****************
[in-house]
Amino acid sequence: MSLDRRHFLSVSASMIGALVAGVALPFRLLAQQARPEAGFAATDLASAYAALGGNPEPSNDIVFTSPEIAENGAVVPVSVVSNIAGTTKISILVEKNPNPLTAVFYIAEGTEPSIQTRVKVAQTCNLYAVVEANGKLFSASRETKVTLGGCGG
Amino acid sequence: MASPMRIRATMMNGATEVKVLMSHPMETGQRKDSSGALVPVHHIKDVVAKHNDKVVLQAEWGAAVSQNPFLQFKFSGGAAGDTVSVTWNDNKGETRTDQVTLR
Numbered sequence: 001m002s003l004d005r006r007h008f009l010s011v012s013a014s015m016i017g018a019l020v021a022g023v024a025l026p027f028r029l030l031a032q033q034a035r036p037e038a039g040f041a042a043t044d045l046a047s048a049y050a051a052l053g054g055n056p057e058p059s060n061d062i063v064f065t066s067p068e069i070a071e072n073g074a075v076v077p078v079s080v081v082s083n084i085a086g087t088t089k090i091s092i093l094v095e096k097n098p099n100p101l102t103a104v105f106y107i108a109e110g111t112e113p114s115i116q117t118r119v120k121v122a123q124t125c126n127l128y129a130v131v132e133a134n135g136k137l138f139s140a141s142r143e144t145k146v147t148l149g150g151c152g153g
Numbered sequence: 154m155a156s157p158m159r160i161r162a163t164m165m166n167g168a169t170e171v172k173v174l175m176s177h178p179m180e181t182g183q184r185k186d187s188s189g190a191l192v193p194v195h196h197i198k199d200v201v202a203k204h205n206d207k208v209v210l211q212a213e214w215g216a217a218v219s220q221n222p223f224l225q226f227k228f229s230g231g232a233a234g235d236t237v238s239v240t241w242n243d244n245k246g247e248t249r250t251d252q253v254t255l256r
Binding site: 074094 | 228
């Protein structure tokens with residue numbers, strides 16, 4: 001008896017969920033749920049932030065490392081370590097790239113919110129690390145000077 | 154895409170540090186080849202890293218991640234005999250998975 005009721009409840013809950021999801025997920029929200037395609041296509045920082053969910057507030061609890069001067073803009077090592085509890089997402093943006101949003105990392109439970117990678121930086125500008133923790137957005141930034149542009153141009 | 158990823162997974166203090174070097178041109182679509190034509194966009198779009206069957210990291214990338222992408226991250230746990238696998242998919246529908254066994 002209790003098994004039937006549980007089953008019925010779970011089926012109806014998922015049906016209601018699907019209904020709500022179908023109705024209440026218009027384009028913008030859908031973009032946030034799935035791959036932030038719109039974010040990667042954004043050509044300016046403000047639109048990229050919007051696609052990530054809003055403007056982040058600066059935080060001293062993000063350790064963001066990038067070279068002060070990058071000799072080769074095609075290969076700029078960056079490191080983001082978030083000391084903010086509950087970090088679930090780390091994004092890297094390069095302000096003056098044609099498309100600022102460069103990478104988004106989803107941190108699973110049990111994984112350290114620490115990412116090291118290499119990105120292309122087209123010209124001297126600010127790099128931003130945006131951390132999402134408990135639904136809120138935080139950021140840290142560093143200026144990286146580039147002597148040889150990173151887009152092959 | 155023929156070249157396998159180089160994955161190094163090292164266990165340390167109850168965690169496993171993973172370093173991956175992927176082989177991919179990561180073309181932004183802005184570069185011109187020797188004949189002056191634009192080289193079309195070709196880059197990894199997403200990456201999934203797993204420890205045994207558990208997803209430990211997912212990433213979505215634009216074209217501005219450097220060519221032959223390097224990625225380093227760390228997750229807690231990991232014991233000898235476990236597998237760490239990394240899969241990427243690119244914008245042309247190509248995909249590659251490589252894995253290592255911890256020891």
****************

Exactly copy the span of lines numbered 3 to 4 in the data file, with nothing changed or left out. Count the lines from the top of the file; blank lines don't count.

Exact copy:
Amino acid sequence: MASPMRIRATMMNGATEVKVLMSHPMETGQRKDSSGALVPVHHIKDVVAKHNDKVVLQAEWGAAVSQNPFLQFKFSGGAAGDTVSVTWNDNKGETRTDQVTLR
Numbered sequence: 001m002s003l004d005r006r007h008f009l010s011v012s013a014s015m016i017g018a019l020v021a022g023v024a025l026p027f028r029l030l031a032q033q034a035r036p037e038a039g040f041a042a043t044d045l046a047s048a049y050a051a052l053g054g055n056p057e058p059s060n061d062i063v064f065t066s067p068e069i070a071e072n073g074a075v076v077p078v079s080v081v082s083n084i085a086g087t088t089k090i091s092i093l094v095e096k097n098p099n100p101l102t103a104v105f106y107i108a109e110g111t112e113p114s115i116q117t118r119v120k121v122a123q124t125c126n127l128y129a130v131v132e133a134n135g136k137l138f139s140a141s142r143e144t145k146v147t148l149g150g151c152g153g